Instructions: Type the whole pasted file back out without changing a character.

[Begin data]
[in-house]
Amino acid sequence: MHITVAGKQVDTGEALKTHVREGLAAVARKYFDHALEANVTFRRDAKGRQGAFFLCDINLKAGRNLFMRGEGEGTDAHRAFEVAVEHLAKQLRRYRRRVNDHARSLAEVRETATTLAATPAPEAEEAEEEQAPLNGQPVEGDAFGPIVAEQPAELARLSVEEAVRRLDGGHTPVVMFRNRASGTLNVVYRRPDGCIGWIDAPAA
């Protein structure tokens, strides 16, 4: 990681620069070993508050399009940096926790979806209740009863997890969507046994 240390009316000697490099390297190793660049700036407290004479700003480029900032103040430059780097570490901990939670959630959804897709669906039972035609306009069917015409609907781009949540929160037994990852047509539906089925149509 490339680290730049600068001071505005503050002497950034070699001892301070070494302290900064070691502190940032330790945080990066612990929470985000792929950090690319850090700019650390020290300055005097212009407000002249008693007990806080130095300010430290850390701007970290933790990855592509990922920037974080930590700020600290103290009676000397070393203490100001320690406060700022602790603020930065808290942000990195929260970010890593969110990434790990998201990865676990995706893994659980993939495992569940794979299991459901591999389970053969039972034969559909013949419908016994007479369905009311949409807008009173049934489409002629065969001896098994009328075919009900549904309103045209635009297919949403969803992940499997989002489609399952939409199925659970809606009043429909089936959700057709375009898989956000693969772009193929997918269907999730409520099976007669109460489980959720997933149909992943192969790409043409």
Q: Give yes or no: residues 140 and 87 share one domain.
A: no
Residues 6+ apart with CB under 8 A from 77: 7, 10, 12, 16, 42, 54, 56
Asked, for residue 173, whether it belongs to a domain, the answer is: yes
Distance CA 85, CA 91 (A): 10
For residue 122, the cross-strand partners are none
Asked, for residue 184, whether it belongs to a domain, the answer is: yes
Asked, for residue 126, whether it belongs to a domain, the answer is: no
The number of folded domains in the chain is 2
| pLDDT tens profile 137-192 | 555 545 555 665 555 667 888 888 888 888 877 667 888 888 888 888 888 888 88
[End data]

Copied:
[in-house]
Amino acid sequence: MHITVAGKQVDTGEALKTHVREGLAAVARKYFDHALEANVTFRRDAKGRQGAFFLCDINLKAGRNLFMRGEGEGTDAHRAFEVAVEHLAKQLRRYRRRVNDHARSLAEVRETATTLAATPAPEAEEAEEEQAPLNGQPVEGDAFGPIVAEQPAELARLSVEEAVRRLDGGHTPVVMFRNRASGTLNVVYRRPDGCIGWIDAPAA
């Protein structure tokens, strides 16, 4: 990681620069070993508050399009940096926790979806209740009863997890969507046994 240390009316000697490099390297190793660049700036407290004479700003480029900032103040430059780097570490901990939670959630959804897709669906039972035609306009069917015409609907781009949540929160037994990852047509539906089925149509 490339680290730049600068001071505005503050002497950034070699001892301070070494302290900064070691502190940032330790945080990066612990929470985000792929950090690319850090700019650390020290300055005097212009407000002249008693007990806080130095300010430290850390701007970290933790990855592509990922920037974080930590700020600290103290009676000397070393203490100001320690406060700022602790603020930065808290942000990195929260970010890593969110990434790990998201990865676990995706893994659980993939495992569940794979299991459901591999389970053969039972034969559909013949419908016994007479369905009311949409807008009173049934489409002629065969001896098994009328075919009900549904309103045209635009297919949403969803992940499997989002489609399952939409199925659970809606009043429909089936959700057709375009898989956000693969772009193929997918269907999730409520099976007669109460489980959720997933149909992943192969790409043409």
Q: Give yes or no: residues 140 and 87 share one domain.
A: no
Residues 6+ apart with CB under 8 A from 77: 7, 10, 12, 16, 42, 54, 56
Asked, for residue 173, whether it belongs to a domain, the answer is: yes
Distance CA 85, CA 91 (A): 10
For residue 122, the cross-strand partners are none
Asked, for residue 184, whether it belongs to a domain, the answer is: yes
Asked, for residue 126, whether it belongs to a domain, the answer is: no
The number of folded domains in the chain is 2
| pLDDT tens profile 137-192 | 555 545 555 665 555 667 888 888 888 888 877 667 888 888 888 888 888 888 88